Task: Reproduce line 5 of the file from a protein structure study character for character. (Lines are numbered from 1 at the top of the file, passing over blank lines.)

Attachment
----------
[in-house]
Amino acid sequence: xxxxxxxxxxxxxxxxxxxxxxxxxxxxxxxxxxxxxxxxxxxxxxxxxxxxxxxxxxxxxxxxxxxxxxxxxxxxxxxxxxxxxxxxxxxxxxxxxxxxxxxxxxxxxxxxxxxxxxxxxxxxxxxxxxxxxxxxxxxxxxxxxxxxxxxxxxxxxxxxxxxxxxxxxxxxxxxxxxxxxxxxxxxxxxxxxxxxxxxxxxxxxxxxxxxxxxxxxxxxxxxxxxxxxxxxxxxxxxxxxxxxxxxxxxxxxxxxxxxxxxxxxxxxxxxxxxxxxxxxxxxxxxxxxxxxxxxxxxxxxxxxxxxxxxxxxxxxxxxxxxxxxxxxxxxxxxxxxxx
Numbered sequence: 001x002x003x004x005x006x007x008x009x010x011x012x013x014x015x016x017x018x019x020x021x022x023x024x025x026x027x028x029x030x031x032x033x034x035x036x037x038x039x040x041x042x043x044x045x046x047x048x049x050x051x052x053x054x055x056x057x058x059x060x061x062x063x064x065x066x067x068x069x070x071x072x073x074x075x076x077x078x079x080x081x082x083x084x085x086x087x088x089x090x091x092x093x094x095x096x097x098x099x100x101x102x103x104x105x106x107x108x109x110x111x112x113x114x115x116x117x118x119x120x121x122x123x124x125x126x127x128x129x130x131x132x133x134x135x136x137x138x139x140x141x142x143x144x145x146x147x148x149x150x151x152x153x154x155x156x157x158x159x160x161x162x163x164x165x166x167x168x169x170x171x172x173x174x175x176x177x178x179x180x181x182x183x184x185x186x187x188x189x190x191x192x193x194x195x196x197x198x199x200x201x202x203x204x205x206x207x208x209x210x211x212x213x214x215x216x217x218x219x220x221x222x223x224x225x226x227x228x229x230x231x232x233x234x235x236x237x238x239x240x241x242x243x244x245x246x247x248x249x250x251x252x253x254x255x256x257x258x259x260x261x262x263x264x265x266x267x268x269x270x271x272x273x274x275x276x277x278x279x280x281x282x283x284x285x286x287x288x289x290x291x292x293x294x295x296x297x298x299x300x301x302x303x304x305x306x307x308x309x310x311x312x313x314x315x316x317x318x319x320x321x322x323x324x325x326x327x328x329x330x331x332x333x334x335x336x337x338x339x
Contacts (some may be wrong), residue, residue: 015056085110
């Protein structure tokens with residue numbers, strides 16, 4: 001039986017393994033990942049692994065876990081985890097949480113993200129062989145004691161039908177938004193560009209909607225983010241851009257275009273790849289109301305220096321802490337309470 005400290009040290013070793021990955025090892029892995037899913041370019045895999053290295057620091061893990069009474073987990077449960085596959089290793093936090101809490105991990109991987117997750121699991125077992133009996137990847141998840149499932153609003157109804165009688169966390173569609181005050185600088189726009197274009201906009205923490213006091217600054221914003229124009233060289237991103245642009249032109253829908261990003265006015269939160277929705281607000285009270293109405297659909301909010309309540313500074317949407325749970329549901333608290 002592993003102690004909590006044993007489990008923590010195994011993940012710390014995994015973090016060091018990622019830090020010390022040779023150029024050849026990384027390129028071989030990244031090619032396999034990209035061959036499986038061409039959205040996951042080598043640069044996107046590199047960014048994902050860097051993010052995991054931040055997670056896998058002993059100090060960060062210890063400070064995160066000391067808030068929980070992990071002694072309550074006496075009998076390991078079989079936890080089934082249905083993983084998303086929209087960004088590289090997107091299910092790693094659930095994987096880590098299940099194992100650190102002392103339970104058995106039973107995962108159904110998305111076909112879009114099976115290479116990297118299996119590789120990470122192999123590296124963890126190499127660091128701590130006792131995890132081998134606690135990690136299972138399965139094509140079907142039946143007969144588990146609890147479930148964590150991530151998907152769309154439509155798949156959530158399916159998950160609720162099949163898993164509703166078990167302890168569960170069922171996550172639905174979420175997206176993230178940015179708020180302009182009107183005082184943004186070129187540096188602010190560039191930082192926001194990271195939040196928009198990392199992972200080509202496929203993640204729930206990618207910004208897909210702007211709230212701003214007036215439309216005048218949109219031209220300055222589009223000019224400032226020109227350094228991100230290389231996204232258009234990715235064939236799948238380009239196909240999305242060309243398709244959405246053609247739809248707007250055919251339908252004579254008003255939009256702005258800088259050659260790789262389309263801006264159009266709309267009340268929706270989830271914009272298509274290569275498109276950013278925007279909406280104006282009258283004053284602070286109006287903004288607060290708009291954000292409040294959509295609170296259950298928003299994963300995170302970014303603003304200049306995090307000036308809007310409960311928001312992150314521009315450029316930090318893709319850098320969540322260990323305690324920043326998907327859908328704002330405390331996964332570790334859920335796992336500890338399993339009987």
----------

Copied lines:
């Protein structure tokens with residue numbers, strides 16, 4: 001039986017393994033990942049692994065876990081985890097949480113993200129062989145004691161039908177938004193560009209909607225983010241851009257275009273790849289109301305220096321802490337309470 005400290009040290013070793021990955025090892029892995037899913041370019045895999053290295057620091061893990069009474073987990077449960085596959089290793093936090101809490105991990109991987117997750121699991125077992133009996137990847141998840149499932153609003157109804165009688169966390173569609181005050185600088189726009197274009201906009205923490213006091217600054221914003229124009233060289237991103245642009249032109253829908261990003265006015269939160277929705281607000285009270293109405297659909301909010309309540313500074317949407325749970329549901333608290 002592993003102690004909590006044993007489990008923590010195994011993940012710390014995994015973090016060091018990622019830090020010390022040779023150029024050849026990384027390129028071989030990244031090619032396999034990209035061959036499986038061409039959205040996951042080598043640069044996107046590199047960014048994902050860097051993010052995991054931040055997670056896998058002993059100090060960060062210890063400070064995160066000391067808030068929980070992990071002694072309550074006496075009998076390991078079989079936890080089934082249905083993983084998303086929209087960004088590289090997107091299910092790693094659930095994987096880590098299940099194992100650190102002392103339970104058995106039973107995962108159904110998305111076909112879009114099976115290479116990297118299996119590789120990470122192999123590296124963890126190499127660091128701590130006792131995890132081998134606690135990690136299972138399965139094509140079907142039946143007969144588990146609890147479930148964590150991530151998907152769309154439509155798949156959530158399916159998950160609720162099949163898993164509703166078990167302890168569960170069922171996550172639905174979420175997206176993230178940015179708020180302009182009107183005082184943004186070129187540096188602010190560039191930082192926001194990271195939040196928009198990392199992972200080509202496929203993640204729930206990618207910004208897909210702007211709230212701003214007036215439309216005048218949109219031209220300055222589009223000019224400032226020109227350094228991100230290389231996204232258009234990715235064939236799948238380009239196909240999305242060309243398709244959405246053609247739809248707007250055919251339908252004579254008003255939009256702005258800088259050659260790789262389309263801006264159009266709309267009340268929706270989830271914009272298509274290569275498109276950013278925007279909406280104006282009258283004053284602070286109006287903004288607060290708009291954000292409040294959509295609170296259950298928003299994963300995170302970014303603003304200049306995090307000036308809007310409960311928001312992150314521009315450029316930090318893709319850098320969540322260990323305690324920043326998907327859908328704002330405390331996964332570790334859920335796992336500890338399993339009987």